Sea Change campaign: tackling ghost fishing gear
Our Sea Change campaign reduces the huge suffering caused by ‘ghost gear’ – abandoned fishing gear that turns oceans into death traps for sea animals
The ghost fishing gear crisis
Abandoned, lost and discarded nets, lines and traps are one of the biggest threats to our sea life. A staggering 640,000 tonnes of gear is left in our oceans each year. That gear traps, injures, mutilates and kills hundreds of thousands of whales, seals, turtles and birds annually. So, through our Sea Change campaign, we’re aiming to save one million animals by 2018.
By bringing together governments, businesses and fishing organisations, we can protect sea life and move towards a future free from the ghost fishing gear threat
Ghost fishing gear: our work
We’re working in three ways to protect animals from ghost fishing gear. We:
- Bring together partners to stop gear being abandoned
- Support new ways to remove ghost gear from the seas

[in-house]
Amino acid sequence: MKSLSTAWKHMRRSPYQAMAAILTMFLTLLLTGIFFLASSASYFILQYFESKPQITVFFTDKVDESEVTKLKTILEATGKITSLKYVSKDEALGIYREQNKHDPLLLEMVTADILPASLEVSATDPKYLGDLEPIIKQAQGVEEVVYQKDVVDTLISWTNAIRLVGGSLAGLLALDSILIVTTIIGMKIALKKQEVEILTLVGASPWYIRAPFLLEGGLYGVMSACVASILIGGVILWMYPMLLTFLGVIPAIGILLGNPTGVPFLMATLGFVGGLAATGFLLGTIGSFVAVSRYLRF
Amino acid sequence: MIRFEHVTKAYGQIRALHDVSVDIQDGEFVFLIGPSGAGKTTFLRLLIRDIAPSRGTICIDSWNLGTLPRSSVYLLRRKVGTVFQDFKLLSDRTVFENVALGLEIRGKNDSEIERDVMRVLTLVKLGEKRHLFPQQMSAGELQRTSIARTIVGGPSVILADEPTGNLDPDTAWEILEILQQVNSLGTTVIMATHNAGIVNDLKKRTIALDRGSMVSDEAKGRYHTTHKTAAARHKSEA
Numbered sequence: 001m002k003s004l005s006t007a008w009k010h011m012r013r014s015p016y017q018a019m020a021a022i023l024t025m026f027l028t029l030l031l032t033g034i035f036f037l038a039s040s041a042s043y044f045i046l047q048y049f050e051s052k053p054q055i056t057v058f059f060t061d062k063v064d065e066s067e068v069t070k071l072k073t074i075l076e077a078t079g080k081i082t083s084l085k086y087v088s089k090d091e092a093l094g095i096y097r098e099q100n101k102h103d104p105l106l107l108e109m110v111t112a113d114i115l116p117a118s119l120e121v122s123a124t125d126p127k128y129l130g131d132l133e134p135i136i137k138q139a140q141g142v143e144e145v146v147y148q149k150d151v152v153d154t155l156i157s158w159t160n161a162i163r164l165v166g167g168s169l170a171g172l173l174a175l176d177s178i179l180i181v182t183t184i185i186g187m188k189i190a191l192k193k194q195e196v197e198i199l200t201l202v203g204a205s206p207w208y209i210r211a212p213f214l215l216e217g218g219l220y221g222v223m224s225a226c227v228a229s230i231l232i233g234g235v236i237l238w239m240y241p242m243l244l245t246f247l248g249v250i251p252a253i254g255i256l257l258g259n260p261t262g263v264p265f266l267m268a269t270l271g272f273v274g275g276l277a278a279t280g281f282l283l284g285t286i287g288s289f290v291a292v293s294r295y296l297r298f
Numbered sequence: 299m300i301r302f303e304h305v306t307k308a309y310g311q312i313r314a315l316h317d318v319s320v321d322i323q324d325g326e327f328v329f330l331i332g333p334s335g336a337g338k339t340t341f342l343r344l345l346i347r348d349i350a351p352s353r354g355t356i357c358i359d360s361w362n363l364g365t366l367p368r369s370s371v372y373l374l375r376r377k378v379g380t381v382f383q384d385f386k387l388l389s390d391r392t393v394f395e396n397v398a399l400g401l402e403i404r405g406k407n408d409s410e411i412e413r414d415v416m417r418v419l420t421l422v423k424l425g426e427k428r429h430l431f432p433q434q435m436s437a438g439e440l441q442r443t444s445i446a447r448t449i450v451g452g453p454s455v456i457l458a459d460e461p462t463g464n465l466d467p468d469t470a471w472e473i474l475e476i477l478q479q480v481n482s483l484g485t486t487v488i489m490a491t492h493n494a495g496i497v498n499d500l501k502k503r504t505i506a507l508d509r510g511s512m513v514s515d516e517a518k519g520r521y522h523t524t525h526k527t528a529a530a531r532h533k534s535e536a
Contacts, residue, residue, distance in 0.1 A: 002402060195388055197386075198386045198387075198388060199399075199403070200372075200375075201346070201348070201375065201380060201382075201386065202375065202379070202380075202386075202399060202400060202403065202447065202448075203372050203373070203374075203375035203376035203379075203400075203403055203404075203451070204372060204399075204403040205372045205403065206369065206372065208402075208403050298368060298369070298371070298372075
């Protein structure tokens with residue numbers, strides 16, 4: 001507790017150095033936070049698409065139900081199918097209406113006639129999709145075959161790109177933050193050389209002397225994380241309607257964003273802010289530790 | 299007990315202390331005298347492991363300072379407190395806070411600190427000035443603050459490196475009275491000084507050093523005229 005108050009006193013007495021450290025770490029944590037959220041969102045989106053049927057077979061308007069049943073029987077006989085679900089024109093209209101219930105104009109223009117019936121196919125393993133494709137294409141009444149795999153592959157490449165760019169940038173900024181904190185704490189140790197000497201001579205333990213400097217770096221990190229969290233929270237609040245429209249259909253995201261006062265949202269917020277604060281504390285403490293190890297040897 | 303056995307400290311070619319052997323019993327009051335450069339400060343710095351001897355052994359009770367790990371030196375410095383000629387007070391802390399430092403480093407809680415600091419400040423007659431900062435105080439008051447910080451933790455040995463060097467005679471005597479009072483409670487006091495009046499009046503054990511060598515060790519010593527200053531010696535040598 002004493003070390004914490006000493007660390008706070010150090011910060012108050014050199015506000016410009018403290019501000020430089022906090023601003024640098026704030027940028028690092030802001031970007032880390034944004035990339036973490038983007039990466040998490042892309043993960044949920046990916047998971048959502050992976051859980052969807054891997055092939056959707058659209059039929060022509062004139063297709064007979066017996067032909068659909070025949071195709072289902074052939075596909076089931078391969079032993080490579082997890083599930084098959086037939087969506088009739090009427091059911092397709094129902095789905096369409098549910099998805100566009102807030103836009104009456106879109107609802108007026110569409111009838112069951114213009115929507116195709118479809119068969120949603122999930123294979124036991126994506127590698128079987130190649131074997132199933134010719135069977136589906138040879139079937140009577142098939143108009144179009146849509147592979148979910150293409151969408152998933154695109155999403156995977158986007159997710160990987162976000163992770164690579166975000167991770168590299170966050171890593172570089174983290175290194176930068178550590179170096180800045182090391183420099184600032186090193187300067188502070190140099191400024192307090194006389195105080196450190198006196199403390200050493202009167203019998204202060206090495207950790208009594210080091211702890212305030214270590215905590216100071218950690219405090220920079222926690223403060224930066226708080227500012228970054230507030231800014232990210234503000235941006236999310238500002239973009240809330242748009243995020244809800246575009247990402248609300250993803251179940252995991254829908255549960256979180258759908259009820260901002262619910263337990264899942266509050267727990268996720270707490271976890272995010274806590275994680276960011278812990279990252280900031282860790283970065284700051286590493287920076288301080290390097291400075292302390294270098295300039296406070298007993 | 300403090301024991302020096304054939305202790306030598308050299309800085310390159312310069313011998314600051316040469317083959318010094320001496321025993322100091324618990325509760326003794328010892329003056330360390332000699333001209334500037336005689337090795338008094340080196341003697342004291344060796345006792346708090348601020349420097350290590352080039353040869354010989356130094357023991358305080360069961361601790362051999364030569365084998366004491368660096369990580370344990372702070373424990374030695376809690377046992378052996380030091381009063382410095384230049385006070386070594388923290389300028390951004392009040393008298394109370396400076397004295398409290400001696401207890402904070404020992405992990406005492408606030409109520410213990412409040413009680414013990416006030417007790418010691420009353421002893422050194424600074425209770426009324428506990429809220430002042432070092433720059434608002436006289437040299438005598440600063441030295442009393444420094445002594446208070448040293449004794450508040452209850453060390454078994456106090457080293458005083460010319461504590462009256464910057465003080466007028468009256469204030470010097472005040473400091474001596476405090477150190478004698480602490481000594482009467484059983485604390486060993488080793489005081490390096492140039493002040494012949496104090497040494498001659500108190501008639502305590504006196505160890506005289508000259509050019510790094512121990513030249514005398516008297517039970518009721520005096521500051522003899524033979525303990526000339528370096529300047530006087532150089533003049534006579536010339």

- Help to replicate successful local sea animal rescue efforts on a global scale.
Buddy Up for Sea Change
This World Oceans Day we need your help.
We are asking people with access to beaches and dive spots to get together between 5-8th June and report ghost gear sightings. Every piece of gear removed from our beaches and oceans could save an animal's life.
Help us move the world to protect sea animals and register for the Buddy Up for Sea Change today.
Global Ghost Gear Initiative
The Global Ghost Gear Initiative is a big part of our Sea Change campaign. By collaborating with a range of partners, we’re working to understand just how bad the problem of ghost fishing gear is – and to respond with solutions that work for animals and people. The seafood industry spends millions each year untangling nets from propellers, for example, so we’re developing solutions that protect animals and benefit businesses too.
Ghost fishing gear: in numbers
At least 136,000 seals, sea lions and large whales killed each year
Around 640,000 tonnes of gear discarded annually = 90,000 double decker buses
125 tonnes of fish caught = about 1 tonne of gear discarded
Left image: Michael Pitts/naturepl.com, bottom images (left to right): Michelle de Villiers, Mike Guy/Marine Photobank, NOAA